Major major rewrite! I've spent the past month completely rewriting the code for Grow By Wire.
I've been using Arduino Pro/Mini boards as my modules, giving me 8 analog inputs on each. I was also arranging them so a MASTER would trip a relay providing power to all the sensors on not only itself, but 2 more SLAVE modules connected via SoftwareSerial connections. This meant that the power was ON to the soil moisture sensors for the entire time, facilitating faster corrosion on the probes due to electrolysis.
There were 3 MASTER modules, and 2 SLAVE modules, so 5 Pro/Mini boards, one of which used Bluetooth to communicate so it could be placed remotely.
Data from all these modules ended up on an Arduino Mega (WeMos Mega with ESP8266), which uses hardware serial to communicate between the Mega and ESP8266. The ESP8266 then connects to a MySql Database running on my home network via WiFi.
You can imagine the software required to not only scan all the sensors, but to coordinate all that data all the way back to the database, through all those modules...
The new design...
I'm now using just the WeMos Mega with on board ESP8266 (I actually have 2. but only one in the grow room at the moment, using the other for development. I'll order a couple more, they are under $20 each.
Each sensor has an appropriate voltage divider and so the wire terminates in a 3 pin Dupont connector with GND, VCC, and Signal. The Signal is hooked up to an Analog Pin, GND to Ground, and VCC to a digital pin, which then allows me to toggle the power TO A SPECIFIC sensor in order to measure it's value. Since the pins can only handle ~40ma, I have also made a"transistor switching module" modules, small PCB with transistor to switch power provided externally. If I need more power than the transistor can supply (~600ma) I can simply plug in a true RELAY, and switch either DC or A/C power (lights, pumps, etc)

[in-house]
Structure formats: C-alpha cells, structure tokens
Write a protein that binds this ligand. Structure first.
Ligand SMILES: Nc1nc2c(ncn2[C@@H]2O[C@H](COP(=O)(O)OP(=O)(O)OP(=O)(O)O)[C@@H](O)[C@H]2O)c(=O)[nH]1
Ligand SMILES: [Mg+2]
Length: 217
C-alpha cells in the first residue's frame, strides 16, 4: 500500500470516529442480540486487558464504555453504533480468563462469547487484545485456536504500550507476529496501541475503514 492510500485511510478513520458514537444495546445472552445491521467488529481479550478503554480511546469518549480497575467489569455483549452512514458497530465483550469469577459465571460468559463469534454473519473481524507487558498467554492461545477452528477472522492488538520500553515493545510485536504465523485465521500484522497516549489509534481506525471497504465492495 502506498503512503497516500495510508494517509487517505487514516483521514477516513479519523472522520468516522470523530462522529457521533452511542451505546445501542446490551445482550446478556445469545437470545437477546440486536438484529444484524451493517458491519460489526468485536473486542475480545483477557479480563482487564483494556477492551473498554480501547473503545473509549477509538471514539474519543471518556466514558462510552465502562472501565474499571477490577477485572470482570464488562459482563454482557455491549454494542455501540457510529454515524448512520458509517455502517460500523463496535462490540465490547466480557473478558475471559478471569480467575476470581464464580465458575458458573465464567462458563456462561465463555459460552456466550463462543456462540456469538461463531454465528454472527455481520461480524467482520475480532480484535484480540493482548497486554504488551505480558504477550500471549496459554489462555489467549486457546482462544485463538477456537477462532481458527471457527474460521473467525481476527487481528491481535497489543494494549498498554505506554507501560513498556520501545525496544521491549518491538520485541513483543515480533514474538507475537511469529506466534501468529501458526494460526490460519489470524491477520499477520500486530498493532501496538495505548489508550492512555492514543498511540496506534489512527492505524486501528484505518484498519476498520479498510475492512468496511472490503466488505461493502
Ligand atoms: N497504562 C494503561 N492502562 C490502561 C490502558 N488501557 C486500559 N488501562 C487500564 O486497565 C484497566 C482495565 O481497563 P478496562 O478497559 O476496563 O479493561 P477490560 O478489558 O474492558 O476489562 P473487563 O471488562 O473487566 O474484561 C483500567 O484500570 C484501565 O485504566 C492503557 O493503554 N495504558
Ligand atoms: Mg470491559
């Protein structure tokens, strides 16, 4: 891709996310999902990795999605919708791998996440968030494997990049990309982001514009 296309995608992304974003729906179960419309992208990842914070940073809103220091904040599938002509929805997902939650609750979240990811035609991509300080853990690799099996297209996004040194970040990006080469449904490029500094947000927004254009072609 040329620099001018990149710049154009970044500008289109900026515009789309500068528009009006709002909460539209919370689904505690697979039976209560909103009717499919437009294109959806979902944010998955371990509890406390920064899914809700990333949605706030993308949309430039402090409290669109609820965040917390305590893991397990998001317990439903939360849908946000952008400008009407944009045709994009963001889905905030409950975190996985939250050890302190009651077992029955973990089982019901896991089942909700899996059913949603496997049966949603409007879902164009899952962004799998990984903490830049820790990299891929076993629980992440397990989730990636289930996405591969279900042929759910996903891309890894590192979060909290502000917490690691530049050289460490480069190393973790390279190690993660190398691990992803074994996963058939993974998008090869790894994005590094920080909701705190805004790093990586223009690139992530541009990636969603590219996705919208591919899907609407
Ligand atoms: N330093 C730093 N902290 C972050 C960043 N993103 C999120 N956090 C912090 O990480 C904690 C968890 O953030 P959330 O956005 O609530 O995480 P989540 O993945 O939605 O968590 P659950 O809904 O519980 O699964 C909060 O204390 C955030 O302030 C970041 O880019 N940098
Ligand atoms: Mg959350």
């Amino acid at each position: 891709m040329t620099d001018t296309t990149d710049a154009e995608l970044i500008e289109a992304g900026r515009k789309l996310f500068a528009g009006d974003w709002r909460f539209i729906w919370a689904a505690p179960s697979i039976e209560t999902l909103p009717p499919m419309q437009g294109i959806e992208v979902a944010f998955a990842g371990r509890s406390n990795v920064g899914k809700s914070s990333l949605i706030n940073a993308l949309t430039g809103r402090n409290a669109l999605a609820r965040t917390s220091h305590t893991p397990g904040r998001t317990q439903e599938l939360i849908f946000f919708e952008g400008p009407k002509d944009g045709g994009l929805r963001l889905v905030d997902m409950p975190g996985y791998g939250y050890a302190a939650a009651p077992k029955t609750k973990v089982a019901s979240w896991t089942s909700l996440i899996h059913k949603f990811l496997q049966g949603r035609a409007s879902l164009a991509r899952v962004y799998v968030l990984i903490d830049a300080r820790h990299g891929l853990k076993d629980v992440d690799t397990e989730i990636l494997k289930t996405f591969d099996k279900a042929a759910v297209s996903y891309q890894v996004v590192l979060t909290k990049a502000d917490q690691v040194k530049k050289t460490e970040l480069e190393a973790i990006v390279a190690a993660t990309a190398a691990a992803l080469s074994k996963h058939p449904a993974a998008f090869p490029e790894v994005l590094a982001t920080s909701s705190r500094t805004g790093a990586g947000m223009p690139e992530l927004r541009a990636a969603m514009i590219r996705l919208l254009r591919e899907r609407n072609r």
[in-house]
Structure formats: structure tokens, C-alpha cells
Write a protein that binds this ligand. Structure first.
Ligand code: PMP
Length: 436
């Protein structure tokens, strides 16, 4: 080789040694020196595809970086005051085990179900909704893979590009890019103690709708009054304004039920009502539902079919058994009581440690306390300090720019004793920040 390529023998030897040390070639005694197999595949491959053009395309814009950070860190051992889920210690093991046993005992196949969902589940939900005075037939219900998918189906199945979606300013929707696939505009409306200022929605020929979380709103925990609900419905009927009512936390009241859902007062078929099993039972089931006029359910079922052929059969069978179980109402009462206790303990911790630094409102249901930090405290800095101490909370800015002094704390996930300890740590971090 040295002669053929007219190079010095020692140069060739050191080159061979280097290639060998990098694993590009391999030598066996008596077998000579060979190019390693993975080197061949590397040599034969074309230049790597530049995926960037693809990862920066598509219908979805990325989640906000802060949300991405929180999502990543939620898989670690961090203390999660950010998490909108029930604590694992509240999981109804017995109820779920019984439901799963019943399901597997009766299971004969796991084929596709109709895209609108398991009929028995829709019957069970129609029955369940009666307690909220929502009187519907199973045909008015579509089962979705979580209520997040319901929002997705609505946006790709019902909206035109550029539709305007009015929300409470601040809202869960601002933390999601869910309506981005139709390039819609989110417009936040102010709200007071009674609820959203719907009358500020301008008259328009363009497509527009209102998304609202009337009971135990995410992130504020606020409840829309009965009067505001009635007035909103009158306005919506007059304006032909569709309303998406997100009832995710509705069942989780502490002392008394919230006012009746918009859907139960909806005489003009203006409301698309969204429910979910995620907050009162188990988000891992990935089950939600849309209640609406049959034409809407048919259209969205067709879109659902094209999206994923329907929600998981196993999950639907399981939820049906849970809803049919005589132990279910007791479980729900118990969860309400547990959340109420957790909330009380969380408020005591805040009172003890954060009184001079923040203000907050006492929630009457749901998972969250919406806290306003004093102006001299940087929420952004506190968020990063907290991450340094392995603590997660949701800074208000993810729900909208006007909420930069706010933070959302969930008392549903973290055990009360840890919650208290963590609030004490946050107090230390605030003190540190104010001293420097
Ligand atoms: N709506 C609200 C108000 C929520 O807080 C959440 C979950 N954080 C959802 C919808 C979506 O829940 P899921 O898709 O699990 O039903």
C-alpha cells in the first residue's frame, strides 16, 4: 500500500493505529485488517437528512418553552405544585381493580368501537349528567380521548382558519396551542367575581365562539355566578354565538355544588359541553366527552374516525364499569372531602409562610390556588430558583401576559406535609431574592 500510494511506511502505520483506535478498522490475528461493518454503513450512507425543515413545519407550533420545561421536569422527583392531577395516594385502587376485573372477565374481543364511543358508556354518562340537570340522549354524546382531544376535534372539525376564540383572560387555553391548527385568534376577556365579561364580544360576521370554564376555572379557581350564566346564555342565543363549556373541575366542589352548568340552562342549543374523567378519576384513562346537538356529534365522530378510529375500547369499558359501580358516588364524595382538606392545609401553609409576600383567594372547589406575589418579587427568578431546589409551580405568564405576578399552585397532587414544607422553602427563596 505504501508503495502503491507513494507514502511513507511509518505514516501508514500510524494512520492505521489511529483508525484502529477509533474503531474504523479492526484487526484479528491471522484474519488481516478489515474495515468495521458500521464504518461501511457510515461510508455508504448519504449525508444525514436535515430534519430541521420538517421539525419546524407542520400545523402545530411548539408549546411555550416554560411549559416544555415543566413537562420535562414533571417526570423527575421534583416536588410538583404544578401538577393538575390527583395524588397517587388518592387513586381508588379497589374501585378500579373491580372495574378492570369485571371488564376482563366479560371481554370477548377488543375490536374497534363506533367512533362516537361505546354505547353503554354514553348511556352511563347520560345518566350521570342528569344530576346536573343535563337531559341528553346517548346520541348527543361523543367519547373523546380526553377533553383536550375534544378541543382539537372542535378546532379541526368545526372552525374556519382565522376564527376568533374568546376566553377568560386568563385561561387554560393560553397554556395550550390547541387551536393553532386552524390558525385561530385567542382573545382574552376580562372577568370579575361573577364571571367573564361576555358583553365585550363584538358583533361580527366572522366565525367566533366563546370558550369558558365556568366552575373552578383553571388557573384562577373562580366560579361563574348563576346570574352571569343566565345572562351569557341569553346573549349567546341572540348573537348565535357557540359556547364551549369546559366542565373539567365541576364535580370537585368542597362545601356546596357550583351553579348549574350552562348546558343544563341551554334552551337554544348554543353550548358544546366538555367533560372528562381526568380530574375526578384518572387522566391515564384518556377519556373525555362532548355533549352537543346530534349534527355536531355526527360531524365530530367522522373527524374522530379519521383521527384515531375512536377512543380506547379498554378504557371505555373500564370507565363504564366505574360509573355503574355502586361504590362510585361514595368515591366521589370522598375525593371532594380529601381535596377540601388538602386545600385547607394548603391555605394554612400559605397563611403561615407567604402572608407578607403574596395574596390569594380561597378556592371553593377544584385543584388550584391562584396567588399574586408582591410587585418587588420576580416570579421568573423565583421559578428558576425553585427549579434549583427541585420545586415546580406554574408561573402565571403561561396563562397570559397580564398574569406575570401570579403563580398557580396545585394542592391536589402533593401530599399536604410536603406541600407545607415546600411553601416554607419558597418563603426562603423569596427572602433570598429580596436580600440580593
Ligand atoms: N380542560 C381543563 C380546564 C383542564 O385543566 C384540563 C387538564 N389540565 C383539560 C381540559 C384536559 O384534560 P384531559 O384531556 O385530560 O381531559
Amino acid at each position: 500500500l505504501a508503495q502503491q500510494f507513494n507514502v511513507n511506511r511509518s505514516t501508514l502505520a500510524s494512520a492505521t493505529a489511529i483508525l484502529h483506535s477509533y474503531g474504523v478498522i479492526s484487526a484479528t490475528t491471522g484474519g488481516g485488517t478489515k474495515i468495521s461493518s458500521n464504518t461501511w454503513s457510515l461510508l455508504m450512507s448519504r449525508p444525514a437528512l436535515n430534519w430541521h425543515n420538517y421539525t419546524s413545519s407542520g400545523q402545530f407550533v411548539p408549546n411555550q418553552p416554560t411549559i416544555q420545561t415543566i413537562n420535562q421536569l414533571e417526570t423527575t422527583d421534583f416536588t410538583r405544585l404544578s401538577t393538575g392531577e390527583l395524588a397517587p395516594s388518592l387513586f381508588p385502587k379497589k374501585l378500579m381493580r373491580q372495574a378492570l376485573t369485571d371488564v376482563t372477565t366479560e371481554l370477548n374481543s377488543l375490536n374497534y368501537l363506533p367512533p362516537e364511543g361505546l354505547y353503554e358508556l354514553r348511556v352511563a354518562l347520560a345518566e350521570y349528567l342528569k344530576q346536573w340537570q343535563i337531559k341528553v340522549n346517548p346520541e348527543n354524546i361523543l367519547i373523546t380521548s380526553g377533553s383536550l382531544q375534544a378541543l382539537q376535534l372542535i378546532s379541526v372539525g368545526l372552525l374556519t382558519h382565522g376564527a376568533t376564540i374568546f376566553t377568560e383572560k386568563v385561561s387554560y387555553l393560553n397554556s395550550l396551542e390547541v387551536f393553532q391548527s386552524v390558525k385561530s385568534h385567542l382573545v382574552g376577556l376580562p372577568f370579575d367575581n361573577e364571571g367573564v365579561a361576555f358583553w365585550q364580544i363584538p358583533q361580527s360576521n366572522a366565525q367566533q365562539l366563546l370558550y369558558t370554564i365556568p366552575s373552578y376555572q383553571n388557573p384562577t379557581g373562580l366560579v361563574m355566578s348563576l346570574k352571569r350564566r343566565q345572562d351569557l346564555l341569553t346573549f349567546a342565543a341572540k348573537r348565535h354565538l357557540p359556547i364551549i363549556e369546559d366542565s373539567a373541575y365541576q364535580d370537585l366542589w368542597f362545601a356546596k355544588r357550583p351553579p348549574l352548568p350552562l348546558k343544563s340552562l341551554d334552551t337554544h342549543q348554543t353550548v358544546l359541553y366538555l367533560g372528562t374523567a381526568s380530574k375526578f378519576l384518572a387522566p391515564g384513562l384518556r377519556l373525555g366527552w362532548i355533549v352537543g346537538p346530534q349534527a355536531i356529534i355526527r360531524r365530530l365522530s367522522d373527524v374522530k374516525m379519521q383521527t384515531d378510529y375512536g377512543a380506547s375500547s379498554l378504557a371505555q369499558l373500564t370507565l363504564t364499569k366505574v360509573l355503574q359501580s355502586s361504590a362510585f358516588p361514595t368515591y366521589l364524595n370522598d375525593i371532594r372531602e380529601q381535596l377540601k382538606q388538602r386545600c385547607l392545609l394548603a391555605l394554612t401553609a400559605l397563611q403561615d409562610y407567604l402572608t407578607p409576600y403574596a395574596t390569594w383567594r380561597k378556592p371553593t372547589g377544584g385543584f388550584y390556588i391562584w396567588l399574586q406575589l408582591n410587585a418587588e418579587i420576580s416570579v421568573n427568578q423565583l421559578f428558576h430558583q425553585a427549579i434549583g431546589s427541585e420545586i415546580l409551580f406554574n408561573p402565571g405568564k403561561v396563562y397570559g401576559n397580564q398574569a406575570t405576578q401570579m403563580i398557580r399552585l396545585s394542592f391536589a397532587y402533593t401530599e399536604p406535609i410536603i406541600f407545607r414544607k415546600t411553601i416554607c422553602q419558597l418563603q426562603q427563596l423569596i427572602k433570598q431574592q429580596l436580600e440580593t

Here is what my "voltage divider modules" look like:
Here is what my "transistor switching module" look like:
The Arduino provides GND and Power (from a digital pin, so it can be switched on and off) and reads the Signal on an Analog Pin. The Power provided is ONLY for switching the transistor, NOT for the sensor itself. The sensor power comes from an external source (actually, just the 5v pin on the Arduino Mega for now) that is capable of providing enough current for the sensor, without blowing up the transistor.
Ground is passed straight through to the output pins, as is the Signal. The Arduino Power (from a digital pin) is connected to the BASE of the transistor, so when it is HIGH, the transistor will allow current to flow from the collector to the emitter. The collector gets its power from the input on the right hand side of the board, and the emitter outputs it on the Output VCC Pin (2);
In order to hook everything up to the Mega, and keep the wiring from becoming a nightmare, I created some simple "breakout boards" for the Analog and Digital pins. This creates a manageable wiring harness.